We should not forget that in the fields of education, culture and health the Church contributed enormously in a very positive way and it is disingenuous not to acknowledge that. There were many abhorrent instances of abuse and also instances of cruelty eg in some schools and these were so dreadful that it is small wonder that they have helped to distort our perception. Many social historians believe that this has regrettably led to a situation where all the positive aspects of the Church's contribution to Irish society is conveniently forgotten.
    So the consumer and liberal society marches on and presumably we are all now very happy - -? We are now free to attach importance and value to different things than our ancestors did in the past.
    Thought for the day...Does progress always mean change?
    Does change always mean progress?

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  5. Someone once said of the Irish showband scene: 'You couldn't tell a 'dirty' joke; you could shoot a person dead, but you couldn't tell a 'dirty' joke.'

    This says heaps about the collective Irish psyche: its disordered sense of moral priority (sex was 'dirty', far worse than robbing another person of their life), and its juvenile state of moral dependency, stunted by generations of frightened subservience to Roman Catholic clericalism.

    It is the reason Charles Stuart Parnell fell out of favour with Irish nationalists in the 19th century: once Irish Catholic clergy got wind of his adulterous affair with Kitty O'Shea (in a marriage where both spouses were deeply unhappy with each other), priests used their Sunday pulpits as political soapboxes and railed against Charles Stuart, equating political support of him with 'a simple love of adultery'. The subservient Irish electorate deserted Parnell in droves, and he died a broken political figure, one of Irish history's 'should have beens, but never was'. And this because of the controlling influence, through fear, the Irish Catholic Church had on ordinary, poorly educated people.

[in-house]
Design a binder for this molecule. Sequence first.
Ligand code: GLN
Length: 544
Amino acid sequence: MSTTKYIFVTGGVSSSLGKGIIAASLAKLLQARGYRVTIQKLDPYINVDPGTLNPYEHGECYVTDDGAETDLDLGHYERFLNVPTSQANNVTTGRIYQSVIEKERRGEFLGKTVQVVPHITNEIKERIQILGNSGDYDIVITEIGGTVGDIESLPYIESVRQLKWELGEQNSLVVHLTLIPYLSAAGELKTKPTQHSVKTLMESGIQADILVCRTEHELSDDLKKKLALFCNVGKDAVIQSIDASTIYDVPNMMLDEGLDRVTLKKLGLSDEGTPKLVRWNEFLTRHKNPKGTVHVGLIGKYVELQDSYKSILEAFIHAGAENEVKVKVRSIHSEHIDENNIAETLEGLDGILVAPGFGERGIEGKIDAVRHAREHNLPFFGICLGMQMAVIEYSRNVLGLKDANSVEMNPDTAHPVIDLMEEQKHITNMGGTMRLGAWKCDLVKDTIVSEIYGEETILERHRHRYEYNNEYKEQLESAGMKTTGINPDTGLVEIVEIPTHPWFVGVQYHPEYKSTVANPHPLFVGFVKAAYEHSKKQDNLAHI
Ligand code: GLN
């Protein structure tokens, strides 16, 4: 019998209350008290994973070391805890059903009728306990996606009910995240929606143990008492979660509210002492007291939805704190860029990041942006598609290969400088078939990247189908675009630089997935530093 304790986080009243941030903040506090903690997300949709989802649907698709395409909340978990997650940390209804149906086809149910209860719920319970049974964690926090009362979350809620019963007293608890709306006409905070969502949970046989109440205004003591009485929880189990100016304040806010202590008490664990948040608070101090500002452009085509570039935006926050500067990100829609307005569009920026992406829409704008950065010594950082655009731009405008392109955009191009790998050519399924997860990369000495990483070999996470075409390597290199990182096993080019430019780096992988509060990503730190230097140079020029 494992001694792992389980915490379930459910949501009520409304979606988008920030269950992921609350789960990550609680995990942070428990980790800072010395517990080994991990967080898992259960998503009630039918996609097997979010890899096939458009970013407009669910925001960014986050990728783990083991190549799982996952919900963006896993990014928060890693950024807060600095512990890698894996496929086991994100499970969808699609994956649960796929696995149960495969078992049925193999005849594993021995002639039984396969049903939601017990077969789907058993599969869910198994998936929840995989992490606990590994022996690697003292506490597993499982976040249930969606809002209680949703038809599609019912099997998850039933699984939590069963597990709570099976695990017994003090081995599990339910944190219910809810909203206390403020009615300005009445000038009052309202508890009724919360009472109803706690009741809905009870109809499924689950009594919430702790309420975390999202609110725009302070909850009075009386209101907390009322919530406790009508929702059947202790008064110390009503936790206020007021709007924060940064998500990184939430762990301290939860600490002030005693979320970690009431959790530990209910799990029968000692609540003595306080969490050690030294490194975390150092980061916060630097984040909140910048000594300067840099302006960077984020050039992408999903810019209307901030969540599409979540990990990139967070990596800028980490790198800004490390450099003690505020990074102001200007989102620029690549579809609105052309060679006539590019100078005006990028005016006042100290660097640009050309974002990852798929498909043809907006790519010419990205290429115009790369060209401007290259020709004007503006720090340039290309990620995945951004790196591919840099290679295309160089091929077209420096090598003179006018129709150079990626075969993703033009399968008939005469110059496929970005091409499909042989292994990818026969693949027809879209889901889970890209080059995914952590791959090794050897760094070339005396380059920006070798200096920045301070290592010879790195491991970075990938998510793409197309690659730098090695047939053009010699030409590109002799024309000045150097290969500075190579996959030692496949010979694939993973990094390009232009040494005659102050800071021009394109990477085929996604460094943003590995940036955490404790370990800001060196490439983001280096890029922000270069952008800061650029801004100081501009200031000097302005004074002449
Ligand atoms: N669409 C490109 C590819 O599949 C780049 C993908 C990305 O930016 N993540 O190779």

But hey! The Irish have come a long way since then, and are not the moral dupes they once were. It's the reason Irish people took a moral lead in June 2015, against the express wish of Irish clergy and the Vatican, and voted in favour of same-sex marriage. That one stuck in more than a few clerical craws, with the Vatican, pained at losing its Irish jewel in the Catholic crown, calling the referendum result 'a defeat for humanity'. (Probably said not in wounded humility, but through teeth clenched in anger at having being ignored.)

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    Replies
    1. So same sex marriage is good?

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    2. It is a question. Personally i think it is evil. Now i said it darling ;)

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  6. 'Some hate the English. I don't. They're just wankers. We, on the other hand, are colonised by wankers. Can't even find a decent culture to be colonised by.' Trainspotting.

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  7. If you are going to adopt a Weberian model of Protestantism and capitalism and compare it to Ireland, better forget Germany and instead choose Calvinist Scotland and proceed from there. Regarding the above 5 points you made about the Irish and Catholicism, I think all 5 points could be made for any nationality. I don't see the Irish in any way a special case who before the English and Patrick were a pristine people, free of vices, living in a utopia. They can be as nice or as nasty as anyone.

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  8. Where did Bishops wearing wigs, hair pieces originate from? Why does Brian Darcy dye his hair?